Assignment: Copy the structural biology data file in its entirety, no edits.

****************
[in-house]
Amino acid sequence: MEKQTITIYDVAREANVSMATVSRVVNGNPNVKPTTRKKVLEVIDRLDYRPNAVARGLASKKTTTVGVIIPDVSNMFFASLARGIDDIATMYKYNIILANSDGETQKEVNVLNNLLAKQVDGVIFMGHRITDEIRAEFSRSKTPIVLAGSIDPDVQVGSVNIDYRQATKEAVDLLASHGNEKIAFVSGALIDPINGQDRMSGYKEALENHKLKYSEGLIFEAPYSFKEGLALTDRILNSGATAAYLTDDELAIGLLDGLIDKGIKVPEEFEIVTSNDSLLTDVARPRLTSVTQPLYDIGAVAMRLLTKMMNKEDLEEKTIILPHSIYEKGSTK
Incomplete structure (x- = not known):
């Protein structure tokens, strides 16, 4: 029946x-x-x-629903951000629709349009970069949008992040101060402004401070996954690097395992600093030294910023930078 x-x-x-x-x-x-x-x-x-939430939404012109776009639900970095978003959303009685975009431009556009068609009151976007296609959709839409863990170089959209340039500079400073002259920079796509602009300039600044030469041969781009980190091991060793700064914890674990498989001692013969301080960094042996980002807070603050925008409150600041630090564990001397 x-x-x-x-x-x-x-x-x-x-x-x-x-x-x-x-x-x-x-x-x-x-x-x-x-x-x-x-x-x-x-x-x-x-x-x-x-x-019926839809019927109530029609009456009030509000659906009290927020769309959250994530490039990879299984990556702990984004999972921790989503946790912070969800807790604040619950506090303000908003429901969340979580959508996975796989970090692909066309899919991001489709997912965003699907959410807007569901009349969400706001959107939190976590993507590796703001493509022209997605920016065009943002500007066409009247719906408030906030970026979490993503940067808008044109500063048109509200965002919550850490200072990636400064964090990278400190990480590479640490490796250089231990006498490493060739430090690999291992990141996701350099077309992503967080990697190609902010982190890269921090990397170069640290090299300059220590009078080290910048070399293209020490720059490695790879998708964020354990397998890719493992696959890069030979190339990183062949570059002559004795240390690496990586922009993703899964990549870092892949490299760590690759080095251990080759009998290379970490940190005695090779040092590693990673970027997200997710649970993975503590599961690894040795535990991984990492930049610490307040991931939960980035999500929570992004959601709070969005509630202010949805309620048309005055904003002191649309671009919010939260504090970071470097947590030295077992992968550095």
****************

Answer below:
[in-house]
Amino acid sequence: MEKQTITIYDVAREANVSMATVSRVVNGNPNVKPTTRKKVLEVIDRLDYRPNAVARGLASKKTTTVGVIIPDVSNMFFASLARGIDDIATMYKYNIILANSDGETQKEVNVLNNLLAKQVDGVIFMGHRITDEIRAEFSRSKTPIVLAGSIDPDVQVGSVNIDYRQATKEAVDLLASHGNEKIAFVSGALIDPINGQDRMSGYKEALENHKLKYSEGLIFEAPYSFKEGLALTDRILNSGATAAYLTDDELAIGLLDGLIDKGIKVPEEFEIVTSNDSLLTDVARPRLTSVTQPLYDIGAVAMRLLTKMMNKEDLEEKTIILPHSIYEKGSTK
Incomplete structure (x- = not known):
């Protein structure tokens, strides 16, 4: 029946x-x-x-629903951000629709349009970069949008992040101060402004401070996954690097395992600093030294910023930078 x-x-x-x-x-x-x-x-x-939430939404012109776009639900970095978003959303009685975009431009556009068609009151976007296609959709839409863990170089959209340039500079400073002259920079796509602009300039600044030469041969781009980190091991060793700064914890674990498989001692013969301080960094042996980002807070603050925008409150600041630090564990001397 x-x-x-x-x-x-x-x-x-x-x-x-x-x-x-x-x-x-x-x-x-x-x-x-x-x-x-x-x-x-x-x-x-x-x-x-x-x-019926839809019927109530029609009456009030509000659906009290927020769309959250994530490039990879299984990556702990984004999972921790989503946790912070969800807790604040619950506090303000908003429901969340979580959508996975796989970090692909066309899919991001489709997912965003699907959410807007569901009349969400706001959107939190976590993507590796703001493509022209997605920016065009943002500007066409009247719906408030906030970026979490993503940067808008044109500063048109509200965002919550850490200072990636400064964090990278400190990480590479640490490796250089231990006498490493060739430090690999291992990141996701350099077309992503967080990697190609902010982190890269921090990397170069640290090299300059220590009078080290910048070399293209020490720059490695790879998708964020354990397998890719493992696959890069030979190339990183062949570059002559004795240390690496990586922009993703899964990549870092892949490299760590690759080095251990080759009998290379970490940190005695090779040092590693990673970027997200997710649970993975503590599961690894040795535990991984990492930049610490307040991931939960980035999500929570992004959601709070969005509630202010949805309620048309005055904003002191649309671009919010939260504090970071470097947590030295077992992968550095």